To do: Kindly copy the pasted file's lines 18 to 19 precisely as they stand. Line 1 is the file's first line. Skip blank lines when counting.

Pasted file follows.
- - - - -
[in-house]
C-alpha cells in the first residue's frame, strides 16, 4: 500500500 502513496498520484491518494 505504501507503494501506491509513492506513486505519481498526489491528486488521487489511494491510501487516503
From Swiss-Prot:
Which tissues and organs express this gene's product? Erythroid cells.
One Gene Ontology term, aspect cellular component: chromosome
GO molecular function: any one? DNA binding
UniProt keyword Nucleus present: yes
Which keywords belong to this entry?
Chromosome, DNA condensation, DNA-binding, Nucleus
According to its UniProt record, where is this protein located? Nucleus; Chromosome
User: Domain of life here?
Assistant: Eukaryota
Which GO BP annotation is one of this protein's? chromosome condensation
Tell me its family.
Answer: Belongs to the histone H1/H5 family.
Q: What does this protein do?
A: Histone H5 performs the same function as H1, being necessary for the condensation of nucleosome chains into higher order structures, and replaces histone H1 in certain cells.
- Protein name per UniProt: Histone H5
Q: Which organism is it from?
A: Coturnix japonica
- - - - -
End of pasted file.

- Protein name per UniProt: Histone H5
Q: Which organism is it from?